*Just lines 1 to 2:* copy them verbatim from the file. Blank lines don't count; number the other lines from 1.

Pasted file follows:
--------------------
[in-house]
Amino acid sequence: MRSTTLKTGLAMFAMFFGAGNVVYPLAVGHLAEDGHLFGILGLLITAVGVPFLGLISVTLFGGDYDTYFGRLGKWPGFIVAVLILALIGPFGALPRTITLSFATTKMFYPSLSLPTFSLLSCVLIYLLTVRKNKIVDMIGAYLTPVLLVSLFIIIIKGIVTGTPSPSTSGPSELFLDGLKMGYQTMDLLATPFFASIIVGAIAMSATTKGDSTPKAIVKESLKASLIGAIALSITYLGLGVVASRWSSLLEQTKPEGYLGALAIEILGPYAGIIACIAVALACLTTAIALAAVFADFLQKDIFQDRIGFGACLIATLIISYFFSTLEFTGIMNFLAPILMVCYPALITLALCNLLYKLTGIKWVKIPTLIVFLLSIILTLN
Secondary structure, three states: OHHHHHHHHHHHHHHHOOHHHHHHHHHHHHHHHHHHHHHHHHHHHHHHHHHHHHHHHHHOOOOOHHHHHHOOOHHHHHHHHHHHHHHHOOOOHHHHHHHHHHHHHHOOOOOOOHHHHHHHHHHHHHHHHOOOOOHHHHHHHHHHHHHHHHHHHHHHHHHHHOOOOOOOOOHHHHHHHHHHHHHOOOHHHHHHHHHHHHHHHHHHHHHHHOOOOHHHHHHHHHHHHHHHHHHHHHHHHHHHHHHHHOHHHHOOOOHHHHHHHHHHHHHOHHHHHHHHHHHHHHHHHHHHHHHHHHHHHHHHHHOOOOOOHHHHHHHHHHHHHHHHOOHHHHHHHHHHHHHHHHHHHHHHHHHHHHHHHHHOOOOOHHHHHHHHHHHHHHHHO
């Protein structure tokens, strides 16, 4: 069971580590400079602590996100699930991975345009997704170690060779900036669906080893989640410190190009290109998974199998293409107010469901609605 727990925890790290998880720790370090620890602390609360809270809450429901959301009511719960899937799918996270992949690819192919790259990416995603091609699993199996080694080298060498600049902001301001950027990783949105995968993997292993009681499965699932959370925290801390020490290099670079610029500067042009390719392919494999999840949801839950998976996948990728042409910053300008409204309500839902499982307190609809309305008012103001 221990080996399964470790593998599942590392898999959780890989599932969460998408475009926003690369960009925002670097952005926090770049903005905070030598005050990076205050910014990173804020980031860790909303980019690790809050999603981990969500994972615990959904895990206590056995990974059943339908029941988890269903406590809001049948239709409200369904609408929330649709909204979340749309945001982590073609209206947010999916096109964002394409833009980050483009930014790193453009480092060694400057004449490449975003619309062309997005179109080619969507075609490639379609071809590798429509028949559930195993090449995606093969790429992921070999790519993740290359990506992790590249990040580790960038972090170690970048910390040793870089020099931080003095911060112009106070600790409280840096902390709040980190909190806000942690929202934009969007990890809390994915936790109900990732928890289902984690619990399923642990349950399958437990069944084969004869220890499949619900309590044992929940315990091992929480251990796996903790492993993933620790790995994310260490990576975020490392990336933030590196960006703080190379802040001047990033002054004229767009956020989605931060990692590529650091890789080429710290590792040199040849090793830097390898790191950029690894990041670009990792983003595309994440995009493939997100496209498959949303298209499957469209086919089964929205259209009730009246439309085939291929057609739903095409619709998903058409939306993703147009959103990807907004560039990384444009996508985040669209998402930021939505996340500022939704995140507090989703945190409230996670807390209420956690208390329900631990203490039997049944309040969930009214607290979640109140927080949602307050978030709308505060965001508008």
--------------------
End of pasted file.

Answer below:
[in-house]
Amino acid sequence: MRSTTLKTGLAMFAMFFGAGNVVYPLAVGHLAEDGHLFGILGLLITAVGVPFLGLISVTLFGGDYDTYFGRLGKWPGFIVAVLILALIGPFGALPRTITLSFATTKMFYPSLSLPTFSLLSCVLIYLLTVRKNKIVDMIGAYLTPVLLVSLFIIIIKGIVTGTPSPSTSGPSELFLDGLKMGYQTMDLLATPFFASIIVGAIAMSATTKGDSTPKAIVKESLKASLIGAIALSITYLGLGVVASRWSSLLEQTKPEGYLGALAIEILGPYAGIIACIAVALACLTTAIALAAVFADFLQKDIFQDRIGFGACLIATLIISYFFSTLEFTGIMNFLAPILMVCYPALITLALCNLLYKLTGIKWVKIPTLIVFLLSIILTLN